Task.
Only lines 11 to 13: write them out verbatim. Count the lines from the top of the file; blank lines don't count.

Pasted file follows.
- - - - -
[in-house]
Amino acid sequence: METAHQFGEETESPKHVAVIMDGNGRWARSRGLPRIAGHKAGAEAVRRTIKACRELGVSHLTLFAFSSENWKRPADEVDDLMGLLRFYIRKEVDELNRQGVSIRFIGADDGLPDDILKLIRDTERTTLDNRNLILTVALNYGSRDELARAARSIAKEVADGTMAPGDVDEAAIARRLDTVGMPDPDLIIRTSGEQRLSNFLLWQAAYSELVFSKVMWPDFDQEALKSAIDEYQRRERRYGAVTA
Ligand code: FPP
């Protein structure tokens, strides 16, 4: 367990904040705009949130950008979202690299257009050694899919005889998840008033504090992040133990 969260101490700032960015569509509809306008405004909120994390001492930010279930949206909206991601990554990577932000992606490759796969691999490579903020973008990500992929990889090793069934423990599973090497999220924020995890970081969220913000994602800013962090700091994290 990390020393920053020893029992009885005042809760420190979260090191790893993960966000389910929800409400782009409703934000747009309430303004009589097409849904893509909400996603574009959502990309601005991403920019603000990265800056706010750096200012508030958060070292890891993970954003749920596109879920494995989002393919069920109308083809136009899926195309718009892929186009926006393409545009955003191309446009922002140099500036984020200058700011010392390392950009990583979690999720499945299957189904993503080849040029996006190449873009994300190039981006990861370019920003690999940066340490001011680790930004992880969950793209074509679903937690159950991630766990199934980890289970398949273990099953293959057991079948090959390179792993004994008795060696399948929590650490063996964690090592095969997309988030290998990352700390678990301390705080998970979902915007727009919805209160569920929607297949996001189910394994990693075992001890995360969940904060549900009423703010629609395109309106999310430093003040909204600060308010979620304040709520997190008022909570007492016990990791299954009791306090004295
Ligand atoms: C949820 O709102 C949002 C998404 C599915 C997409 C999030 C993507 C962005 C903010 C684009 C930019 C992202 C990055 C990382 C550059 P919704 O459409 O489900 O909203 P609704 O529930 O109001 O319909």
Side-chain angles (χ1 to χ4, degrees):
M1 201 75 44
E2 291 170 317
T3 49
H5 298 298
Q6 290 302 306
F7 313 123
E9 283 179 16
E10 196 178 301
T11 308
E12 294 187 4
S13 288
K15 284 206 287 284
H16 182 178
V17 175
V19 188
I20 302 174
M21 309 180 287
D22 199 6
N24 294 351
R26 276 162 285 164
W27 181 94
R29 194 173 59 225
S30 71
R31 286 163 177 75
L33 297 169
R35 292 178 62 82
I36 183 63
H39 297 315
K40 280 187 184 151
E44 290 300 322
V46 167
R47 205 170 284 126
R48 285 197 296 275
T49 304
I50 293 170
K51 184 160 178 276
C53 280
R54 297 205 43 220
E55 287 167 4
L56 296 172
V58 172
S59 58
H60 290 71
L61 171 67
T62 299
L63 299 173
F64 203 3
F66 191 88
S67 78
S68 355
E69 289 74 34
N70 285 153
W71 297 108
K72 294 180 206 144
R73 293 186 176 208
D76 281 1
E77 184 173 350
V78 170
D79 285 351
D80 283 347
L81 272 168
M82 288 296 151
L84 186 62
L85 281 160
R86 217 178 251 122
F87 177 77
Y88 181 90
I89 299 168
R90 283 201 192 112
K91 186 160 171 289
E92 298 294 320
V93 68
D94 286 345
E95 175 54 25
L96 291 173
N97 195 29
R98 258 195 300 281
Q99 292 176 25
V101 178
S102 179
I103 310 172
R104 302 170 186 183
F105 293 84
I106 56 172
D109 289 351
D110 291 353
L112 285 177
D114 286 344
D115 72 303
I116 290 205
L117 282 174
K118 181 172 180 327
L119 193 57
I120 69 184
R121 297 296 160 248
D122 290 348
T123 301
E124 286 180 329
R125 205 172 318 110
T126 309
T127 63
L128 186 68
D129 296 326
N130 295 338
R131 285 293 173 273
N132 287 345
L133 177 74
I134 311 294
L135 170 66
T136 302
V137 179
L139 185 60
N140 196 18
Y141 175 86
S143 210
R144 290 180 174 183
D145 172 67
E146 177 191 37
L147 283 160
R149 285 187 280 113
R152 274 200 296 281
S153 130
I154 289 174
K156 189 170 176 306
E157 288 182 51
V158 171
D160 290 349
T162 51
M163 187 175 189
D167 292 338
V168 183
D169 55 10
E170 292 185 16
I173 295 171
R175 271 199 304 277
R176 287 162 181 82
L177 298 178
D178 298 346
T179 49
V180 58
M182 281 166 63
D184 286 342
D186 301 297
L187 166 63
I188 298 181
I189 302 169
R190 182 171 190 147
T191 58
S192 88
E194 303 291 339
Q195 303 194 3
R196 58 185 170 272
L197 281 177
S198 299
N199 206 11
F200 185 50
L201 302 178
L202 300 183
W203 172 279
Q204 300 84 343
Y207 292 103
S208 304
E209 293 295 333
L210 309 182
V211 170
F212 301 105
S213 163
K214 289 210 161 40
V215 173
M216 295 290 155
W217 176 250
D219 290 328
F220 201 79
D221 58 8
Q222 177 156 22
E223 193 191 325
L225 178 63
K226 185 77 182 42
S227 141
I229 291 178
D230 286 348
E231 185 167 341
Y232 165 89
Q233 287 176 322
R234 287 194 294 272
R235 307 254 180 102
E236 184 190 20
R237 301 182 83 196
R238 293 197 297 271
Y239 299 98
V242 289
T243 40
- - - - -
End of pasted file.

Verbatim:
Q6 290 302 306
F7 313 123
E9 283 179 16